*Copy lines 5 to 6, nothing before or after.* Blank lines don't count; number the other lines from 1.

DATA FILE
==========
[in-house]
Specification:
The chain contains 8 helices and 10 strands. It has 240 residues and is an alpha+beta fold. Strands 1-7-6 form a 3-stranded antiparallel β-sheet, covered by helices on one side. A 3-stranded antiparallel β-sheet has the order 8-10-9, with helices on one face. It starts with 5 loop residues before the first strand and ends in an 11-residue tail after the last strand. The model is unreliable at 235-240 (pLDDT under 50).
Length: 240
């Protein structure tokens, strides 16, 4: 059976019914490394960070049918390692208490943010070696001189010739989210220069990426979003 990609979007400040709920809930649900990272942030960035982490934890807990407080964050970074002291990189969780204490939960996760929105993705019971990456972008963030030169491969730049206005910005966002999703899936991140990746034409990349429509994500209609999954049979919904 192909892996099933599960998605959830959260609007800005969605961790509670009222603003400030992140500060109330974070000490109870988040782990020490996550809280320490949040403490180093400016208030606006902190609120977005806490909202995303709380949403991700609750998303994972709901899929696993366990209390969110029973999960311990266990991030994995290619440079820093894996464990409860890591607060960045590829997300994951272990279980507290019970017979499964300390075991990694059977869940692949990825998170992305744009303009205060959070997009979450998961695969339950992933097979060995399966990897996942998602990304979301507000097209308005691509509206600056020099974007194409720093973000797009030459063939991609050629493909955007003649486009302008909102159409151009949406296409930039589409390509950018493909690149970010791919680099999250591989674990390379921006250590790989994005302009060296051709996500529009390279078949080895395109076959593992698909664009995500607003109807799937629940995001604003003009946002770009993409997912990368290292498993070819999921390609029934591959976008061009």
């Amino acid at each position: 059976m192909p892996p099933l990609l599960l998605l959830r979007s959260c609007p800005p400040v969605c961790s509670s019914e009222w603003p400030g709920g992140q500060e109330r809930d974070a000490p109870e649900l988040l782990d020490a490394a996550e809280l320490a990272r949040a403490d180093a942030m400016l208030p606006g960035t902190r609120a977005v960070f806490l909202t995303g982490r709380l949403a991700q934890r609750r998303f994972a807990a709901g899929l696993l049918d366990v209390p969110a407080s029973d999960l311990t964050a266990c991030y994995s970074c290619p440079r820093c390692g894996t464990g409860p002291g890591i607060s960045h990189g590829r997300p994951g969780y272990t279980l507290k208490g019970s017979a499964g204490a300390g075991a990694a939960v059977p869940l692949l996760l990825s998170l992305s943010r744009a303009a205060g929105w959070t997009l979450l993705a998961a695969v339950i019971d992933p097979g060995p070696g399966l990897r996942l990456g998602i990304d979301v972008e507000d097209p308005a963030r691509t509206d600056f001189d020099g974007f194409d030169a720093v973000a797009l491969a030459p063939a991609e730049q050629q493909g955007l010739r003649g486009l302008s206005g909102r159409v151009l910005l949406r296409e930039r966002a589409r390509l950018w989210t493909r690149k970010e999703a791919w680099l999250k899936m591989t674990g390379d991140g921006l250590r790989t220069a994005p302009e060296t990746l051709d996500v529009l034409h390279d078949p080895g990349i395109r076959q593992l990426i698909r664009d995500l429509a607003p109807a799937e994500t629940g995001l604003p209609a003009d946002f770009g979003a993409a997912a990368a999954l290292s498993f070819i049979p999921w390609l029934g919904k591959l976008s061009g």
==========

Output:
């Protein structure tokens, strides 16, 4: 059976019914490394960070049918390692208490943010070696001189010739989210220069990426979003 990609979007400040709920809930649900990272942030960035982490934890807990407080964050970074002291990189969780204490939960996760929105993705019971990456972008963030030169491969730049206005910005966002999703899936991140990746034409990349429509994500209609999954049979919904 192909892996099933599960998605959830959260609007800005969605961790509670009222603003400030992140500060109330974070000490109870988040782990020490996550809280320490949040403490180093400016208030606006902190609120977005806490909202995303709380949403991700609750998303994972709901899929696993366990209390969110029973999960311990266990991030994995290619440079820093894996464990409860890591607060960045590829997300994951272990279980507290019970017979499964300390075991990694059977869940692949990825998170992305744009303009205060959070997009979450998961695969339950992933097979060995399966990897996942998602990304979301507000097209308005691509509206600056020099974007194409720093973000797009030459063939991609050629493909955007003649486009302008909102159409151009949406296409930039589409390509950018493909690149970010791919680099999250591989674990390379921006250590790989994005302009060296051709996500529009390279078949080895395109076959593992698909664009995500607003109807799937629940995001604003003009946002770009993409997912990368290292498993070819999921390609029934591959976008061009």
């Amino acid at each position: 059976m192909p892996p099933l990609l599960l998605l959830r979007s959260c609007p800005p400040v969605c961790s509670s019914e009222w603003p400030g709920g992140q500060e109330r809930d974070a000490p109870e649900l988040l782990d020490a490394a996550e809280l320490a990272r949040a403490d180093a942030m400016l208030p606006g960035t902190r609120a977005v960070f806490l909202t995303g982490r709380l949403a991700q934890r609750r998303f994972a807990a709901g899929l696993l049918d366990v209390p969110a407080s029973d999960l311990t964050a266990c991030y994995s970074c290619p440079r820093c390692g894996t464990g409860p002291g890591i607060s960045h990189g590829r997300p994951g969780y272990t279980l507290k208490g019970s017979a499964g204490a300390g075991a990694a939960v059977p869940l692949l996760l990825s998170l992305s943010r744009a303009a205060g929105w959070t997009l979450l993705a998961a695969v339950i019971d992933p097979g060995p070696g399966l990897r996942l990456g998602i990304d979301v972008e507000d097209p308005a963030r691509t509206d600056f001189d020099g974007f194409d030169a720093v973000a797009l491969a030459p063939a991609e730049q050629q493909g955007l010739r003649g486009l302008s206005g909102r159409v151009l910005l949406r296409e930039r966002a589409r390509l950018w989210t493909r690149k970010e999703a791919w680099l999250k899936m591989t674990g390379d991140g921006l250590r790989t220069a994005p302009e060296t990746l051709d996500v529009l034409h390279d078949p080895g990349i395109r076959q593992l990426i698909r664009d995500l429509a607003p109807a799937e994500t629940g995001l604003p209609a003009d946002f770009g979003a993409a997912a990368a999954l290292s498993f070819i049979p999921w390609l029934g919904k591959l976008s061009g």